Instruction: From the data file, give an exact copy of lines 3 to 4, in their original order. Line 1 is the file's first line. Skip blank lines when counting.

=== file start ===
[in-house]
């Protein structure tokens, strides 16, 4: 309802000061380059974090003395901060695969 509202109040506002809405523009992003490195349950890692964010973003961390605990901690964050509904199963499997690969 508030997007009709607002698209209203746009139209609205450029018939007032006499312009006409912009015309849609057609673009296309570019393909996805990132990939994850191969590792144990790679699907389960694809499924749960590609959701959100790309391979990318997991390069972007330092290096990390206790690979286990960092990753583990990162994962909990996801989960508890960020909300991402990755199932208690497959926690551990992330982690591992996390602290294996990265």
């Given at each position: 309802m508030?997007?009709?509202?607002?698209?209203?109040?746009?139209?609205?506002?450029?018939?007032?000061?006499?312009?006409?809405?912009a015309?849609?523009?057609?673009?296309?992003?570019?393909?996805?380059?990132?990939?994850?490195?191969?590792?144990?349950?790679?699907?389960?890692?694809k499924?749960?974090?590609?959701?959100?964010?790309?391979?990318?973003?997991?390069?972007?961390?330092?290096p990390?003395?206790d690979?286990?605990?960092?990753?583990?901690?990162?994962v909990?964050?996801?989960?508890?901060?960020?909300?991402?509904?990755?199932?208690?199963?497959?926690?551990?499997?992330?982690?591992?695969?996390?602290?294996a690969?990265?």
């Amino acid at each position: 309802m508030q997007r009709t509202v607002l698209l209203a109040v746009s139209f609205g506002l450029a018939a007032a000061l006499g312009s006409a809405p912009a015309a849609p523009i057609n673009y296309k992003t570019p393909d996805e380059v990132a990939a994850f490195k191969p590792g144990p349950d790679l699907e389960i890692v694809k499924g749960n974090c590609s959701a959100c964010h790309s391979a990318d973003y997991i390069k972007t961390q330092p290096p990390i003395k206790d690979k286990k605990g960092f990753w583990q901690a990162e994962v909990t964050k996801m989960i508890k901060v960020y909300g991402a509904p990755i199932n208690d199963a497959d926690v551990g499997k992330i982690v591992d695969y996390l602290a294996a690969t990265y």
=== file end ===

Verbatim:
């Given at each position: 309802m508030?997007?009709?509202?607002?698209?209203?109040?746009?139209?609205?506002?450029?018939?007032?000061?006499?312009?006409?809405?912009a015309?849609?523009?057609?673009?296309?992003?570019?393909?996805?380059?990132?990939?994850?490195?191969?590792?144990?349950?790679?699907?389960?890692?694809k499924?749960?974090?590609?959701?959100?964010?790309?391979?990318?973003?997991?390069?972007?961390?330092?290096p990390?003395?206790d690979?286990?605990?960092?990753?583990?901690?990162?994962v909990?964050?996801?989960?508890?901060?960020?909300?991402?509904?990755?199932?208690?199963?497959?926690?551990?499997?992330?982690?591992?695969?996390?602290?294996a690969?990265?």
């Amino acid at each position: 309802m508030q997007r009709t509202v607002l698209l209203a109040v746009s139209f609205g506002l450029a018939a007032a000061l006499g312009s006409a809405p912009a015309a849609p523009i057609n673009y296309k992003t570019p393909d996805e380059v990132a990939a994850f490195k191969p590792g144990p349950d790679l699907e389960i890692v694809k499924g749960n974090c590609s959701a959100c964010h790309s391979a990318d973003y997991i390069k972007t961390q330092p290096p990390i003395k206790d690979k286990k605990g960092f990753w583990q901690a990162e994962v909990t964050k996801m989960i508890k901060v960020y909300g991402a509904p990755i199932n208690d199963a497959d926690v551990g499997k992330i982690v591992d695969y996390l602290a294996a690969t990265y």